Ingredients:  Sheets of a range of different materials – fabric, baking parchment, foil, cellophane, newspaper, black paper, bubble wrap, wrapping paper etc…,  needle and thread, a range of mark-making tools

The Big Sell: Bored in the summer holidays? Create your own Imagination Goggles Sketchbook

Strategy:  First an explanation of the term ‘Imagination goggles’. In every workshop I run with children I begin by asking them if they have remembered to bring their imagination goggles. Children do NOT question this – they immediately copy me by putting their fingers up to their eyes to make goggle shapes. I then lead an activity asking them to prove they are wearing their goggles properly – often this means producing an everyday object from my magic bag and inviting them to turn it into something different, or using their bodies to mime something completely different. This sets the scene for our workshop – anything is possible if you enter into your imagination.

As part of the reward system for my current Artspip group (ages 5 – 8) I have promised to give them each a special homemade gift IF they get 20 names on the leaves on our Artspip Tree (our Behaviour Contract) which are awarded for exceptional listening, sharing, thinking and having fun.  This homemade gift (shhh, don’t tell them yet!) is an Imagination Goggles Sketchbook for the holidays.

Homemade sketchbooks are easy to make. Simply collect a range of different interesting materials and sew together. This will invite the mark-maker to look at them in resourceful ways in order to make an impact on their book. They could choose to make a coherent story from start to end, to treat each page as a separate work of art, or have a theme. They could mark them with crayons, scissors, charcoal, collage; they could fray them, fold them, put lipstick marks on them… literally anything!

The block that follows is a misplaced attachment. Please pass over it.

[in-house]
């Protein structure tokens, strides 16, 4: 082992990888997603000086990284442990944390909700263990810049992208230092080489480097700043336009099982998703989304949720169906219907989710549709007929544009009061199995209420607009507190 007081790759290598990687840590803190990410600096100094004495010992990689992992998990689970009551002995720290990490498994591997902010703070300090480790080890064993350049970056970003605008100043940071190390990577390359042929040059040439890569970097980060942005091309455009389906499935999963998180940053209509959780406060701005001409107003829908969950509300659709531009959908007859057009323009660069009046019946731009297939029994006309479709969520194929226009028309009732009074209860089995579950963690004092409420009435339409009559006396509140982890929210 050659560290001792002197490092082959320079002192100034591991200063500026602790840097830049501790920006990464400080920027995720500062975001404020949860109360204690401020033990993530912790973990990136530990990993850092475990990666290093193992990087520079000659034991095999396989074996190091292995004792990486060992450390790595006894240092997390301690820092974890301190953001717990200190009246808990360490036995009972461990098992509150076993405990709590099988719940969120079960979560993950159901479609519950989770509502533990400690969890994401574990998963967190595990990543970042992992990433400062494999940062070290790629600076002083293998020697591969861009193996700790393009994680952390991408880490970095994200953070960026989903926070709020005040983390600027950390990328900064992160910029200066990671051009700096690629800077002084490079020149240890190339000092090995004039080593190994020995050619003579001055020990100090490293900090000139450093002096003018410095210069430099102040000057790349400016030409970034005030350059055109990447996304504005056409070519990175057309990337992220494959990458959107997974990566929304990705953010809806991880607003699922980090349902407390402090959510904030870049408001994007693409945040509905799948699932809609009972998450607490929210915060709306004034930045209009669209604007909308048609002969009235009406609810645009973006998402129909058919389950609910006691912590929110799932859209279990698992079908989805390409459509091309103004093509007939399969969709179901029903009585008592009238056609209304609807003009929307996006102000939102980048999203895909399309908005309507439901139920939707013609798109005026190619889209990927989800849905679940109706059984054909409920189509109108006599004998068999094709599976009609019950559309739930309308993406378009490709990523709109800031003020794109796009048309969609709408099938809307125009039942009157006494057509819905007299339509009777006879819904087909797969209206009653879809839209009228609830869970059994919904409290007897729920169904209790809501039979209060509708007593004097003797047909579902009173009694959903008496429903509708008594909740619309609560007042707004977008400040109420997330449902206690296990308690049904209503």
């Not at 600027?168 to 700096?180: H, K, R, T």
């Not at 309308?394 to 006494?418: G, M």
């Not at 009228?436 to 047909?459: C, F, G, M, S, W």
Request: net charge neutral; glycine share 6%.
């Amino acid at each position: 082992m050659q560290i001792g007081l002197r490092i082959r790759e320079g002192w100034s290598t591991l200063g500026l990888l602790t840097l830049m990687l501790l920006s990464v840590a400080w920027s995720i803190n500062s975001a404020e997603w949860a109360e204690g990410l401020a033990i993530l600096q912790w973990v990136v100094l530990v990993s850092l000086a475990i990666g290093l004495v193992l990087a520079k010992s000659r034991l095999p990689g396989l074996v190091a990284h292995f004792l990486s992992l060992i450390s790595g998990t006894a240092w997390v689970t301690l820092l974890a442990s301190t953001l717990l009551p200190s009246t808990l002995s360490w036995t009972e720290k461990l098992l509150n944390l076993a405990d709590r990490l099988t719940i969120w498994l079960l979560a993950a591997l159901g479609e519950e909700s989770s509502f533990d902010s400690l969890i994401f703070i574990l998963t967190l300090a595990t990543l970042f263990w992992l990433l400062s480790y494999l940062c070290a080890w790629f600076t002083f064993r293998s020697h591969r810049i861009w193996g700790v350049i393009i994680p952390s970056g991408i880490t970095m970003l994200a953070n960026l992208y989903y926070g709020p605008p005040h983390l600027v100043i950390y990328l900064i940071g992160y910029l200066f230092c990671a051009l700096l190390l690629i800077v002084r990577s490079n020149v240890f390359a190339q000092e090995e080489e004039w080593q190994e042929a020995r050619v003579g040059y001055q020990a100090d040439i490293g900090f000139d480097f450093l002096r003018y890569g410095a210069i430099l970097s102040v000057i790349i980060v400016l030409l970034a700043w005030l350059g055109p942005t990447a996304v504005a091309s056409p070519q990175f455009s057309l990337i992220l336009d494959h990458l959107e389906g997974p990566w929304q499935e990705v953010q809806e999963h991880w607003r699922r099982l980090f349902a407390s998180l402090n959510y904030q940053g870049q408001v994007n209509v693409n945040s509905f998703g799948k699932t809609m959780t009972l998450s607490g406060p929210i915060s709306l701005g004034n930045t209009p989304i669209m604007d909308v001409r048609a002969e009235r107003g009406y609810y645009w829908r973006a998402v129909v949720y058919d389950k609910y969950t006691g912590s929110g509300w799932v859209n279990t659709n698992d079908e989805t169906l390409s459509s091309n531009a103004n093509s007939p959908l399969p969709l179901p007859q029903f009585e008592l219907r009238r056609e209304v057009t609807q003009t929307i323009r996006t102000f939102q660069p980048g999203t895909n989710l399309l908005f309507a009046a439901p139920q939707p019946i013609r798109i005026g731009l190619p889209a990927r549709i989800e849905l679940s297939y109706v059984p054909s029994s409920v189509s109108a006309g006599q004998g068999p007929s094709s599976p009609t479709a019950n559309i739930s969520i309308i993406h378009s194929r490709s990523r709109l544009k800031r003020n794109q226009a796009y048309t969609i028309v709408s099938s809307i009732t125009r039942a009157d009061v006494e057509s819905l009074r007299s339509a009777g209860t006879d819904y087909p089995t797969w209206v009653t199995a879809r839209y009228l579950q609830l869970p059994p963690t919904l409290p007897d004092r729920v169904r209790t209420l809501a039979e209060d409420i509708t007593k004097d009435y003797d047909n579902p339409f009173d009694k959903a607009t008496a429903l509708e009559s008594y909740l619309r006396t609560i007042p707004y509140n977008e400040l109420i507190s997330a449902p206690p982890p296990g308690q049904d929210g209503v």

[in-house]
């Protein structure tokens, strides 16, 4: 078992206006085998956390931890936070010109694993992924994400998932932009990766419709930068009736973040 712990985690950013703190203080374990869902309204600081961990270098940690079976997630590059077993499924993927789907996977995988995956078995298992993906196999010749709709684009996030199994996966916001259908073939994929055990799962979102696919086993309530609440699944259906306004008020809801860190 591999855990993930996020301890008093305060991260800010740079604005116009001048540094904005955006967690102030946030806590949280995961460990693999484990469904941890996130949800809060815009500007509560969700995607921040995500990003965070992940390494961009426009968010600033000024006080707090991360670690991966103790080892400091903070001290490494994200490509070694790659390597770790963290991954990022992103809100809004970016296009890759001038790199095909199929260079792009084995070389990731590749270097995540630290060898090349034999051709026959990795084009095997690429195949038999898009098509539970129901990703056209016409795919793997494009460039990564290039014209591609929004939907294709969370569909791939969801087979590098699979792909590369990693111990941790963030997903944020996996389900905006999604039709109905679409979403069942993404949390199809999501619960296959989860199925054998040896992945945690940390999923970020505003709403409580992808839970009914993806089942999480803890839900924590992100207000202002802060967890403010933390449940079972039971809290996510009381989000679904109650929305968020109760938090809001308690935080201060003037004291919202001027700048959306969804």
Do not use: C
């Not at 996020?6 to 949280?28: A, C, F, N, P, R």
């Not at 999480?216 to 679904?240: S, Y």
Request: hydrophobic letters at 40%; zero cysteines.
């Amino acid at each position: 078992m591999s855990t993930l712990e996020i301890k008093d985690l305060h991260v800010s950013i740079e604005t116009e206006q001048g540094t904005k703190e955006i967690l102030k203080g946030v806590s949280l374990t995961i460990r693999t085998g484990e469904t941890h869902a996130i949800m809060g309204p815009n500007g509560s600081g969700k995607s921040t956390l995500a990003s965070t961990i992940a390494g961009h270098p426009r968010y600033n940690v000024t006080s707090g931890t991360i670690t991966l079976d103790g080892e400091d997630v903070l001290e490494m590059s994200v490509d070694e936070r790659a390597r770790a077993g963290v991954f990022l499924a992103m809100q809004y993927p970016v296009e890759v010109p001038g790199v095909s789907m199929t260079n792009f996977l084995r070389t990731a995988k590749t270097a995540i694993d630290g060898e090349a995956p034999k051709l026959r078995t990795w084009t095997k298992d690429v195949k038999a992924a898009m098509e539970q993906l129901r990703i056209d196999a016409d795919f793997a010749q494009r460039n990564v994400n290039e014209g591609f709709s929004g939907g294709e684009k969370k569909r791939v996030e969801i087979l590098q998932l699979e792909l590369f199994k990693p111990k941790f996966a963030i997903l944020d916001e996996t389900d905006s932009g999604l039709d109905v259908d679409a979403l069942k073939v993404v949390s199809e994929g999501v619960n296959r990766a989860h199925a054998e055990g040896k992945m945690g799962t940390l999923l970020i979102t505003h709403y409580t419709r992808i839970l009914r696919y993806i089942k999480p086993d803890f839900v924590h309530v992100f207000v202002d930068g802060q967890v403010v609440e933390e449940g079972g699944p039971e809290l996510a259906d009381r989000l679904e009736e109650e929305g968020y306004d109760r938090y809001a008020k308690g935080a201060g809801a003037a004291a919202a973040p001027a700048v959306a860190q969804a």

The verdict: Learning the art of recording your thoughts in innovative ways is an incredibly powerful life skill and you are never too young or old to learn to start. This is a great way of using up odds and ends around the house and the making of the sketchbook can be as fun as the completion of it.

I will interested to see if my Artspips have fun filling theirs in and bringing them back to show each other in September. I hope each one is as individually expressive as their makers.

Catchphrase: There are no such thing as mistakes in these sketchbooks – make it your own.

Left wanting more?

  • I’ve mentioned it before, but it’s so brilliant I’ll recommend it again. If you are teaching children how to respond creatively to homemade sketchbooks you MUST read them ‘Beautiful Oops’ by Barney Saltzberg, published by Workman. It is the Bible of this type of practice.
  • Last week, my first short story written for children was published by the charity Access Art – it’s called ‘The Incredible Finvention’ and you can download it FREE for i-pad or as a PDF. It’s carries the same message of the process of creating being more important than the end product. Enjoy!